When the temperatures drop, winter tires have better traction on snowy and icy roads than all-season tires, thanks to special tread compounds that stay flexible and grippy even in very cold weather. In some cases, grip and traction can be improved even more with studded tires. These tires feature metal studs that dig into snow or ice, and may improve acceleration and braking in these conditions.
Metal studs should only be installed in new tires that are molded for studs. And like all winter tires, studded tires should be used on all four wheels of a vehicle.
So which is better, studded tires or winter tires? It depends. According to Pemco Insurance, studies show that studded tires perform best on clear ice in temperatures around the freezing mark, while winter tires deliver the best handling and braking when the temperature is below freezing, on both wet and dry pavement.
If you think you’d like to try out a set of studded tires, there are a few other things to take into consideration, number one being where you live. Metals studs are prohibited in 11 states — Alabama, Florida, Hawaii, Illinois, Louisiana, Maryland, Michigan, Minnesota, Mississippi, Texas, and Wisconsin (some of these states allow tires with rubber studs; Maryland allows studs only in certain counties). Only six states permit the use of studded tires without restriction: Colorado, Kentucky, New Hampshire, New Mexico, Vermont, and Wyoming. Most of the remaining states allow studded tires with date restrictions. In Ohio State studded tires are permitted from November 1 – April 15. If you decide to use studded tires, be sure to follow your state’s law or risk paying a hefty fine. See the chart below for detailed studded tire laws for each state.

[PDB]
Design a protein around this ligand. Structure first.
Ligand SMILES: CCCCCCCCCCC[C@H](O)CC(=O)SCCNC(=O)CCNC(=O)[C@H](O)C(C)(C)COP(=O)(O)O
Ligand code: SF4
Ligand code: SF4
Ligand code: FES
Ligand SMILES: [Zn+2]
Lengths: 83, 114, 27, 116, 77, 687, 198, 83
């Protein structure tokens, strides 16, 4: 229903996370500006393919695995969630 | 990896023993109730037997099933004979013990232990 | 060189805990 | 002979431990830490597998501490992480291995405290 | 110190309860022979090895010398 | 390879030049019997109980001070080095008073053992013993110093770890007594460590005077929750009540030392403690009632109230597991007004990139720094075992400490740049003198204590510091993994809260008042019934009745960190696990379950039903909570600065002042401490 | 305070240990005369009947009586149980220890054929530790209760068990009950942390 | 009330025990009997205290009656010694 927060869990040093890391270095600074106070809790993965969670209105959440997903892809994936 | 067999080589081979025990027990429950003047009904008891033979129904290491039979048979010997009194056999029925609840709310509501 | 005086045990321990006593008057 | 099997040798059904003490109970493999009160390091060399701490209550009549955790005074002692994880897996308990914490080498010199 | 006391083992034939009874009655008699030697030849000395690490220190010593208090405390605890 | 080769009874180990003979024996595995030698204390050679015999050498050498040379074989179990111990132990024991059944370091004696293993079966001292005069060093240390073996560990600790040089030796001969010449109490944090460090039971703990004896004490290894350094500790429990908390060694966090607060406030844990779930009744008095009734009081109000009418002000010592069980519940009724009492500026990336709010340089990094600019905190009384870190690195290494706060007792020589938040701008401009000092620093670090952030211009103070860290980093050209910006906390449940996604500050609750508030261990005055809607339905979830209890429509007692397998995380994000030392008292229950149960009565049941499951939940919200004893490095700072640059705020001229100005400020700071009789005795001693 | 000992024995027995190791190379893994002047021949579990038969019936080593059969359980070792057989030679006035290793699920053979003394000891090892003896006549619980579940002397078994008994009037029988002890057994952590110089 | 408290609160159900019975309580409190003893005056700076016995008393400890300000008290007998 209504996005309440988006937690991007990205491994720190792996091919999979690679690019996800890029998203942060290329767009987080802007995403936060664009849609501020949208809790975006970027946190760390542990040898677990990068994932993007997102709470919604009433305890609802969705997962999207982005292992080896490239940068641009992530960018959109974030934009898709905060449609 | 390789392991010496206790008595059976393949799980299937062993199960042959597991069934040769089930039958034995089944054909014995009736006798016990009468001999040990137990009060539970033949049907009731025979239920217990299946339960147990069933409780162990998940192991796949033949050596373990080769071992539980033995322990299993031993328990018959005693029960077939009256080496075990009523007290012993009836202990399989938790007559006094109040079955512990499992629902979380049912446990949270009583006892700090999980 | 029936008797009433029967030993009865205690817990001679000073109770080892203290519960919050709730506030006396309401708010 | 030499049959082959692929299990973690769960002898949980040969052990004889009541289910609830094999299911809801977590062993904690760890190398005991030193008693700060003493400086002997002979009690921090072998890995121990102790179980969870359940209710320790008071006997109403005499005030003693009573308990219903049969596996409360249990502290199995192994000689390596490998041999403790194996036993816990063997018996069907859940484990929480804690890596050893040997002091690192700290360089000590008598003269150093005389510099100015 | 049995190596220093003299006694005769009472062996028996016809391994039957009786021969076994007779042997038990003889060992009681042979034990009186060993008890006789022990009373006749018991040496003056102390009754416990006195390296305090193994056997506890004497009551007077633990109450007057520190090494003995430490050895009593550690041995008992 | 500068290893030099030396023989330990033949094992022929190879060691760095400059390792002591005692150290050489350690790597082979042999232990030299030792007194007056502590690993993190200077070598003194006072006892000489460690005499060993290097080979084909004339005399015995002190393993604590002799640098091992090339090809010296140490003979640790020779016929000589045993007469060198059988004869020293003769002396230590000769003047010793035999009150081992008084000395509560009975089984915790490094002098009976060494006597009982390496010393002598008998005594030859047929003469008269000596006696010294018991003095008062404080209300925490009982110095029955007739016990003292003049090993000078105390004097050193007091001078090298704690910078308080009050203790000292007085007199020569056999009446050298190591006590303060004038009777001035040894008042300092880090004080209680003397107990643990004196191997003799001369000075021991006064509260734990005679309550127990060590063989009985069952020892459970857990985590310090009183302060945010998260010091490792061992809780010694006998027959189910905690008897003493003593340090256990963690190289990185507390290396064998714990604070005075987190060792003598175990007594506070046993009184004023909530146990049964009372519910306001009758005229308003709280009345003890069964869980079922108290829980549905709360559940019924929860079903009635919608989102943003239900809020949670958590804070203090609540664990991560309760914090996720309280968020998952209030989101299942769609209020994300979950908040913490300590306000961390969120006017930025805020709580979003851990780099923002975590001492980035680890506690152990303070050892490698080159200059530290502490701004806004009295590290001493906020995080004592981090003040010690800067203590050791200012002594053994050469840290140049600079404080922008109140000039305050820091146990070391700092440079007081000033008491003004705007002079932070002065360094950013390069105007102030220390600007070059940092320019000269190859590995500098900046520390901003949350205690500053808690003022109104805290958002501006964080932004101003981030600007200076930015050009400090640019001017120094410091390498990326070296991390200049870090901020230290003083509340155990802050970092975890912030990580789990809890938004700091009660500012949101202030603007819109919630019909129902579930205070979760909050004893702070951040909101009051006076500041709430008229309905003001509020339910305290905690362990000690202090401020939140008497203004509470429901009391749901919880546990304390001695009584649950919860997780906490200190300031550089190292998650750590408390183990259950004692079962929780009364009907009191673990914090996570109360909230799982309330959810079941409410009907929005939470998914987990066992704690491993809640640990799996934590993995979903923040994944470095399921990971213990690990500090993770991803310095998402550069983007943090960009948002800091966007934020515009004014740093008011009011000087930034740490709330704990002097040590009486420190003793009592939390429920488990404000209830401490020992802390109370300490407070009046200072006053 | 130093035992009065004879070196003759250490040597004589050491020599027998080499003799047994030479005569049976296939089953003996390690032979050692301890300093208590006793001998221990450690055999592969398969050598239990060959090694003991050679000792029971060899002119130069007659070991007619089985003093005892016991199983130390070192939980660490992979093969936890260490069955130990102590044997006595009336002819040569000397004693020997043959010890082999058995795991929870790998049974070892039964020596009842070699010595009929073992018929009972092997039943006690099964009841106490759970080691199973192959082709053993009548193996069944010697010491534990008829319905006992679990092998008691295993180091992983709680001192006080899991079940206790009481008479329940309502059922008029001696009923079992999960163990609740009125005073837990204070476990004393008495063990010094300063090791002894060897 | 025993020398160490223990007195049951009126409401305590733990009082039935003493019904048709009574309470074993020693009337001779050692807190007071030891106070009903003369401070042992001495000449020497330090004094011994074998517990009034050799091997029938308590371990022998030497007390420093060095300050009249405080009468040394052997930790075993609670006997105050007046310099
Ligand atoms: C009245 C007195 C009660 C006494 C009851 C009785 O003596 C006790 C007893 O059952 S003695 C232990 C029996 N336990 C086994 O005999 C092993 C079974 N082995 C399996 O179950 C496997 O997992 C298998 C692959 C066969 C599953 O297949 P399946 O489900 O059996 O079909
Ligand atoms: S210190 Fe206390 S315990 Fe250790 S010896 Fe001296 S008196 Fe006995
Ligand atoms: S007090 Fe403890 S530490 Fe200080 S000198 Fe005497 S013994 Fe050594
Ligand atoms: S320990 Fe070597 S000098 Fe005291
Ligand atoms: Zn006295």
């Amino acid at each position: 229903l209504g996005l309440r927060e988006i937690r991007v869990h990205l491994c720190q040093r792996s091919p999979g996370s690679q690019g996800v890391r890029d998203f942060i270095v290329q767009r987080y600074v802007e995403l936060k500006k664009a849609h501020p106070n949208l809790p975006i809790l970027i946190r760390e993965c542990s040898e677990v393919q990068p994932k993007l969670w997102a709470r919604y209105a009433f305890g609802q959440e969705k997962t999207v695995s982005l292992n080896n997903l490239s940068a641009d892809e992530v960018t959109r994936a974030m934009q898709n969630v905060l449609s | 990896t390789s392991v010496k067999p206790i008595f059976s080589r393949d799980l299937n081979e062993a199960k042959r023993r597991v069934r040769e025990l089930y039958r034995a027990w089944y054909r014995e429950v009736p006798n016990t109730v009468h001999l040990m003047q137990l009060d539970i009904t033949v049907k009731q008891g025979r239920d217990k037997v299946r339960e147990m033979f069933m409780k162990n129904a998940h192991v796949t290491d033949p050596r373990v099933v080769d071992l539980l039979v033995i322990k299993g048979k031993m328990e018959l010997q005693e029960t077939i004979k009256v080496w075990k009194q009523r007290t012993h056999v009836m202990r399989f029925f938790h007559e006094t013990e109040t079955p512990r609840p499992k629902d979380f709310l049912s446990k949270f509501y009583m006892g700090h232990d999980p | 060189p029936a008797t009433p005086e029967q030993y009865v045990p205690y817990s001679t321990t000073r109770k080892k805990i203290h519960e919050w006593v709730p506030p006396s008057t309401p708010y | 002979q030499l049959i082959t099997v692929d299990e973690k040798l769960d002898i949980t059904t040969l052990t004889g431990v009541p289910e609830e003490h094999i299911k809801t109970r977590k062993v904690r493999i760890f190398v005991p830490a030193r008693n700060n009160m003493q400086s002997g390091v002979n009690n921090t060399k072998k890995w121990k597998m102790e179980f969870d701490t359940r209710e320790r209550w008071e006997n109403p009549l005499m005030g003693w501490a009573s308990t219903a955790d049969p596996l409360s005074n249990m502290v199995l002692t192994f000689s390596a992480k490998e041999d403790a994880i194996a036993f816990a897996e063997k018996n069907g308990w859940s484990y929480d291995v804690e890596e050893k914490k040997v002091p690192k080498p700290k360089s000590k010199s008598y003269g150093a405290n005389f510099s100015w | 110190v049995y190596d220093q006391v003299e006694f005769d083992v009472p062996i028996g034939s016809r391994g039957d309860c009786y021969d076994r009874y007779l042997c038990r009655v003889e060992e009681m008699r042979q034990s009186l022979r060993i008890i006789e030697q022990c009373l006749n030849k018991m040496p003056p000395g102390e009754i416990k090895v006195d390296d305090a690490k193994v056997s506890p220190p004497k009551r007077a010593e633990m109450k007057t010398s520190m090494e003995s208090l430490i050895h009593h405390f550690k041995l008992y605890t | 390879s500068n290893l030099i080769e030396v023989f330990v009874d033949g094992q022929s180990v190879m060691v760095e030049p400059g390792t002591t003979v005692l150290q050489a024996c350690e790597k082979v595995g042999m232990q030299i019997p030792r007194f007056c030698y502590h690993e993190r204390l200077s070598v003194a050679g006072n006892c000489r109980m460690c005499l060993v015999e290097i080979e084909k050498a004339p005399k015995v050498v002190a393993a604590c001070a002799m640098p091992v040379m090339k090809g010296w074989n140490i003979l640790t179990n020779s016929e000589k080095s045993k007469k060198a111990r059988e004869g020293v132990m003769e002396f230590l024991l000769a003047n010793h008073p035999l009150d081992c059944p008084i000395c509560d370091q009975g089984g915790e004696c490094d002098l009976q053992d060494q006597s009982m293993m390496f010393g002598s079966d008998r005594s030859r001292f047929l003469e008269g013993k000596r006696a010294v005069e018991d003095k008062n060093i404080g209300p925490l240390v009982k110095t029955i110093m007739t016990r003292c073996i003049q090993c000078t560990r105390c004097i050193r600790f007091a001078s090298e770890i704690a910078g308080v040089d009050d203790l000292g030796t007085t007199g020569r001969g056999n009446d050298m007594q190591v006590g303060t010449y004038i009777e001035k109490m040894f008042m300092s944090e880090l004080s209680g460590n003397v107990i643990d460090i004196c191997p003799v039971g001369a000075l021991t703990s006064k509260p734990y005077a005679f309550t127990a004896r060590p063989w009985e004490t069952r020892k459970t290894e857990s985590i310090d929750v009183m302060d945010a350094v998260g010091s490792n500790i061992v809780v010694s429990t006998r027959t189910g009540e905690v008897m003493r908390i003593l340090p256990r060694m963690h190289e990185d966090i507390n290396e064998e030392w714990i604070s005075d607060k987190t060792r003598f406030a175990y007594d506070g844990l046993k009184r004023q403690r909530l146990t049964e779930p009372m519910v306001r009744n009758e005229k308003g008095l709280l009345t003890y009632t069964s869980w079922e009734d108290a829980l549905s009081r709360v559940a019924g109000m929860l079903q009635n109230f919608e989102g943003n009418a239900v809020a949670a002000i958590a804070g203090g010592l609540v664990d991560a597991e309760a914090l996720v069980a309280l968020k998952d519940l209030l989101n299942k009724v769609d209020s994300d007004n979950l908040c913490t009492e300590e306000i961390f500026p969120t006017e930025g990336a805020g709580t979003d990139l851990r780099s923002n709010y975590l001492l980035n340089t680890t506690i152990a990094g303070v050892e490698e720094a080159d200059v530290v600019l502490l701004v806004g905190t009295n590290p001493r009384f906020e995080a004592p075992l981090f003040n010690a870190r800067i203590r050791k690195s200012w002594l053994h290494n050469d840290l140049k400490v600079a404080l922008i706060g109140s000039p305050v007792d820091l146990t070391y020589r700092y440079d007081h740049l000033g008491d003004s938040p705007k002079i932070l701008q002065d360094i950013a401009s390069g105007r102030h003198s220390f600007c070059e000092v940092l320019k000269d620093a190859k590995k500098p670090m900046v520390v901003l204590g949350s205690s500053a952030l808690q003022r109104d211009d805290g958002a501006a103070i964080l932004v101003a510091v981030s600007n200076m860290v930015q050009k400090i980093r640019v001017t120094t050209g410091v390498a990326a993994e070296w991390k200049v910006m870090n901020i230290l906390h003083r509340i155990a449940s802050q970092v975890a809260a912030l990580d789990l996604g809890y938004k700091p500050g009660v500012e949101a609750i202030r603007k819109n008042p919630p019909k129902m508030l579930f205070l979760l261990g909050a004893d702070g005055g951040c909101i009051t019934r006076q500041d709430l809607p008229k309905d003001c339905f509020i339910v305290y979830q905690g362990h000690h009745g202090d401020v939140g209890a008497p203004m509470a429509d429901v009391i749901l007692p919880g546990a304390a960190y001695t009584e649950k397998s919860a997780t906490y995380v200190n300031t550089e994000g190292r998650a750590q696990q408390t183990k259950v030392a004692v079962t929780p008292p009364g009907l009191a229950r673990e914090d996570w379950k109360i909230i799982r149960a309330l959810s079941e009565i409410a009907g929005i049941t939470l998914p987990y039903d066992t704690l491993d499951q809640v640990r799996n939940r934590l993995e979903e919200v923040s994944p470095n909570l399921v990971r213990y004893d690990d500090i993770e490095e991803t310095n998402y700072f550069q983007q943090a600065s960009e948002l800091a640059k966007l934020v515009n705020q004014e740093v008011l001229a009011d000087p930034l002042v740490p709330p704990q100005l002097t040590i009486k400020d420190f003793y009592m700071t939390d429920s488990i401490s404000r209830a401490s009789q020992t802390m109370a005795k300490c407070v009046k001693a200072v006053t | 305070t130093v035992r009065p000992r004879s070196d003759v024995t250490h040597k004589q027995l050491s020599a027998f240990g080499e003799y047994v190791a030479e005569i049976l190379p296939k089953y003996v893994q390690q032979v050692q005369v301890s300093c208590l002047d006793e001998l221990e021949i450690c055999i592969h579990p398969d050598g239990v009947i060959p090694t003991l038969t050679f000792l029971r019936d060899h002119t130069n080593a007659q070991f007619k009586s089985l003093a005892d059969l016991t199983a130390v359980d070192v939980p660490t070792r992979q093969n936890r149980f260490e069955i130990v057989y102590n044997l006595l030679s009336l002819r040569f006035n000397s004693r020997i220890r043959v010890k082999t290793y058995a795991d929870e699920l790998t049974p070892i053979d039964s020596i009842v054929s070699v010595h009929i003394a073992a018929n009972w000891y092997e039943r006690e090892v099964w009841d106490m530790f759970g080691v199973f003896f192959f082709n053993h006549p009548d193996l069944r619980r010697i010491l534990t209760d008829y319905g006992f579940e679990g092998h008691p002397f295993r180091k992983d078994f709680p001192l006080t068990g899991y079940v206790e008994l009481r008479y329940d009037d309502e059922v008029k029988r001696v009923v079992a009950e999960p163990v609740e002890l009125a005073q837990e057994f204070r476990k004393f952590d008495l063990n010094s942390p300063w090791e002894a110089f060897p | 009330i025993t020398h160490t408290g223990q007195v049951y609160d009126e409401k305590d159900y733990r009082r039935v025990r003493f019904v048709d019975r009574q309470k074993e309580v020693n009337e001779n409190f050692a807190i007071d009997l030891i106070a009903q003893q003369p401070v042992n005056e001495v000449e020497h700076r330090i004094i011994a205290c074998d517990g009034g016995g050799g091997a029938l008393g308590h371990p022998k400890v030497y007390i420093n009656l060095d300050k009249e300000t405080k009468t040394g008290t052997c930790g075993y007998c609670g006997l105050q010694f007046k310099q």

The second thing you need to know about studded tires is that they’re very hard on roads. The Washington State Department of Transportation claims that studded tires wear down pavement at a much higher rate than normal tires. Studded tires also cause rutting of roads, especially interstate highways, which can lead to safety problems like excessive spray, hydroplaning, and other steering problems. And there’s another potential safety issue – on roads that are simply wet and not icy or snow-covered, studded tires have been proven to have reduced stopping ability when compared to standard tires. Snow tires can also be noisy, due to the metal studs making contact with the road.
So, to stud or not to stud comes down to a very personal decision based on where you live, where you’ll be driving, and what kind of weather you expect to encounter.